The absence of formal education stands out as a major contributor to the numerous challenges faced by many returnees in North Macedonia, a group predominantly comprised of Roma individuals. As per a 2022 survey conducted by the RRR project, 57% of Roma in Prilep lack formal education. Echoing the experiences of Ajnur and Metula, the life stories of many returnees reflect how this educational deficiency perpetuates their social and economic disadvantages. In North Macedonia, completing primary education is not only a prerequisite for formal employment but also for participating in the government’s active labor market initiatives. Consequently, despite evolving labor market dynamics and increased job opportunities, returnees without primary education remain excluded from these employment prospects. The 2022 RRR assessment found that 84% of those surveyed were unaware of government employment measures provided by the Employment Agency, despite 70% of them being registered as active job seekers.

Hence, even in the presence of labor market openings and government programs, returnees lacking primary education are unable to avail of these opportunities. Early school dropout forces individuals into informal, insecure employment. Education assumes a pivotal role in the lives of returnees, encompassing both adults and those of school-going age. This is precisely why harnessing the transformative potential of education for facilitating a successful return home has remained a central theme in the EU-funded, UNDP-implemented Regional Reintegration of Returnees project.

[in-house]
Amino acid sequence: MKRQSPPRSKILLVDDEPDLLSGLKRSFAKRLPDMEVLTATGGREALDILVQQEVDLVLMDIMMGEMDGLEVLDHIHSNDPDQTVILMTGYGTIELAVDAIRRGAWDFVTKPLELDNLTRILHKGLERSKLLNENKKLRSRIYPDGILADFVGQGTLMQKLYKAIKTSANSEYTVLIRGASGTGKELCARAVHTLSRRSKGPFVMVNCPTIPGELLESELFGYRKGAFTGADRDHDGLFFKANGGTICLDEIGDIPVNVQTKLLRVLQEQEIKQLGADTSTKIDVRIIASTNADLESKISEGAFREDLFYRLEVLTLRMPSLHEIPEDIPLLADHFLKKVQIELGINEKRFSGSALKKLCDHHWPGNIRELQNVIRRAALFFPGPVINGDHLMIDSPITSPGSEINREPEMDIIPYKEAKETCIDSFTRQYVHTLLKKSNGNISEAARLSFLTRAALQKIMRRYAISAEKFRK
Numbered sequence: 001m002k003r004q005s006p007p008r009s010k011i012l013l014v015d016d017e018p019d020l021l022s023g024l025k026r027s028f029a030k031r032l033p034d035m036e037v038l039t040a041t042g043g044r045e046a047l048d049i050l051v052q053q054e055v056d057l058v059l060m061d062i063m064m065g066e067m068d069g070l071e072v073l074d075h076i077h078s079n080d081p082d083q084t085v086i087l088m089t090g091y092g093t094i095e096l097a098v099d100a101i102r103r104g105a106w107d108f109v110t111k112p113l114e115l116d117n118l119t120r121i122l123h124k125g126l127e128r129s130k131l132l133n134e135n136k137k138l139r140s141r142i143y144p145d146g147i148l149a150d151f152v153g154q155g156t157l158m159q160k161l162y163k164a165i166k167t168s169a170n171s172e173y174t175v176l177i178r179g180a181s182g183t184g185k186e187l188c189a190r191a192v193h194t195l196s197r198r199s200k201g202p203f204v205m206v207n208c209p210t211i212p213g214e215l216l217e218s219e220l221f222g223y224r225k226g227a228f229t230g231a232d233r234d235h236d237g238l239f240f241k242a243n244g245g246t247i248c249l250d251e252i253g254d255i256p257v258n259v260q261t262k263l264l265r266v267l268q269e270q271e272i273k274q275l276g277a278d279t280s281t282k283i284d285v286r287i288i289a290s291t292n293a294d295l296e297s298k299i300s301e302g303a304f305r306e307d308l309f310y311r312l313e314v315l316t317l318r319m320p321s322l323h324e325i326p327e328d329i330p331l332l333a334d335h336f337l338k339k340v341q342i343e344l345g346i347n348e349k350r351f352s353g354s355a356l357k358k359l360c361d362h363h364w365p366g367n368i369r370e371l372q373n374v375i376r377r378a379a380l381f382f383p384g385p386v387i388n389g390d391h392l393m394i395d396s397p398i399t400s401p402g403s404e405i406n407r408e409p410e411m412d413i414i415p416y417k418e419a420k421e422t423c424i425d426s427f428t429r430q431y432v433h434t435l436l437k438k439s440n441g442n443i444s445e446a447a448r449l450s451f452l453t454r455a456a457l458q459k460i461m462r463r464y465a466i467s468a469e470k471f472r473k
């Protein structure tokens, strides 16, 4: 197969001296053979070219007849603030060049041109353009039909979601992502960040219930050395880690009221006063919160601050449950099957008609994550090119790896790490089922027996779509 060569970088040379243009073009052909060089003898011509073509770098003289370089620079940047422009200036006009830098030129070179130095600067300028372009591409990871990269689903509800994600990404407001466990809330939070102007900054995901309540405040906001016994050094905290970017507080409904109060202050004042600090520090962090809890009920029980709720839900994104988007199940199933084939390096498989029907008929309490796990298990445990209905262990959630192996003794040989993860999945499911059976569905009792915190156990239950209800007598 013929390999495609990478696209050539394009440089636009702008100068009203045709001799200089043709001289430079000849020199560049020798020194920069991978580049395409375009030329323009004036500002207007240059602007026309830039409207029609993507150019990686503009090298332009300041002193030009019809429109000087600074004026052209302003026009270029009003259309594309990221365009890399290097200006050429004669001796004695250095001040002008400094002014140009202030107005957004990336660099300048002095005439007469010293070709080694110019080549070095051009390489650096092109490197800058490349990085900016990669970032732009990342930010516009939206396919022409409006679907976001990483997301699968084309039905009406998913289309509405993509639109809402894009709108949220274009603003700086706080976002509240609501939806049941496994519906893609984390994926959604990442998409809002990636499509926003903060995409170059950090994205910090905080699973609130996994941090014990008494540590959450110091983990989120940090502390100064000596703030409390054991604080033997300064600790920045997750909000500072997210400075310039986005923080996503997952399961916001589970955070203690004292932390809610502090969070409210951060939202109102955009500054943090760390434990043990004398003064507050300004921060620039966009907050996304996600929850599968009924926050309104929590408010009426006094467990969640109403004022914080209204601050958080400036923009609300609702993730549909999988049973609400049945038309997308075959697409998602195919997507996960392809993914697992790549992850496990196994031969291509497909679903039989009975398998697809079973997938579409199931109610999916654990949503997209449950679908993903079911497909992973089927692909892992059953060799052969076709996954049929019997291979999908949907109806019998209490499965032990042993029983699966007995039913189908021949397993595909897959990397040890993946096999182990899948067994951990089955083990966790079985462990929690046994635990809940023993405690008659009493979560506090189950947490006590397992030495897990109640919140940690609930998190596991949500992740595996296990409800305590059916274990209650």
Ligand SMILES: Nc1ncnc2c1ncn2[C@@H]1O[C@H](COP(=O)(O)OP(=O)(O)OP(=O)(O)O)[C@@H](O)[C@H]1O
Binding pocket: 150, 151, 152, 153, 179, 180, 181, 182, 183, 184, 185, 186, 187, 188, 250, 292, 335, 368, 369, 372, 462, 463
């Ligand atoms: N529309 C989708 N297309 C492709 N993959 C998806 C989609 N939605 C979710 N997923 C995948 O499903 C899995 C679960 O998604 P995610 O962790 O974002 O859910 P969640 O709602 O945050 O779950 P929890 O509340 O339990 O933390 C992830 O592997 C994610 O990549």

About the project

The Reintegration of Returnees in the Western Balkans project is focused on addressing key barriers for socio-economic reintegration of vulnerable returnees in the Western Balkans.  The project is part of the EU Instrument for Pre-accession Assistance (IPA) II Multi-Country Action, EU support to Fundamental Rights of Roma Community, and Reintegration of Returnees, entrusted to UNDP, World Bank, and the Council of Europe.   In all Western Balkan economies, the project assesses policy and institutional gaps and facilitates a dialogue on mechanisms for implementation and monitoring of reintegration policies and programmes. In Albania, North Macedonia and Serbia, the project implements local level programmes and tests innovative solutions for sustainable socio-economic reintegration of returnees.

Photo credits: RRR project